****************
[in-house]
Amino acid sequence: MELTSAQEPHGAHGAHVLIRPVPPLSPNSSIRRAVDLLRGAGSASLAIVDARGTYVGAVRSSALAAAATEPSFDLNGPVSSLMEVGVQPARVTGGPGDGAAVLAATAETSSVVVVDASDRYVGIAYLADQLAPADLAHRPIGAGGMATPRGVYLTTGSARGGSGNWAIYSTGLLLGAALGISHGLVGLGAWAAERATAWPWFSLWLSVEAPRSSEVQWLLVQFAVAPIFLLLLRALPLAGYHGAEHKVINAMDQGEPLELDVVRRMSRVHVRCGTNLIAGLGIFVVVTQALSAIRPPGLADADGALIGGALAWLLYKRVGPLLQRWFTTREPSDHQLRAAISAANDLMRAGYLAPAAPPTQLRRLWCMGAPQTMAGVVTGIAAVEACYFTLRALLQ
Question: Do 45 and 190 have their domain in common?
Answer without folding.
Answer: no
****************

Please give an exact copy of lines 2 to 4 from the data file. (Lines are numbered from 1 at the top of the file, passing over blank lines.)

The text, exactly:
Amino acid sequence: MELTSAQEPHGAHGAHVLIRPVPPLSPNSSIRRAVDLLRGAGSASLAIVDARGTYVGAVRSSALAAAATEPSFDLNGPVSSLMEVGVQPARVTGGPGDGAAVLAATAETSSVVVVDASDRYVGIAYLADQLAPADLAHRPIGAGGMATPRGVYLTTGSARGGSGNWAIYSTGLLLGAALGISHGLVGLGAWAAERATAWPWFSLWLSVEAPRSSEVQWLLVQFAVAPIFLLLLRALPLAGYHGAEHKVINAMDQGEPLELDVVRRMSRVHVRCGTNLIAGLGIFVVVTQALSAIRPPGLADADGALIGGALAWLLYKRVGPLLQRWFTTREPSDHQLRAAISAANDLMRAGYLAPAAPPTQLRRLWCMGAPQTMAGVVTGIAAVEACYFTLRALLQ
Question: Do 45 and 190 have their domain in common?
Answer without folding.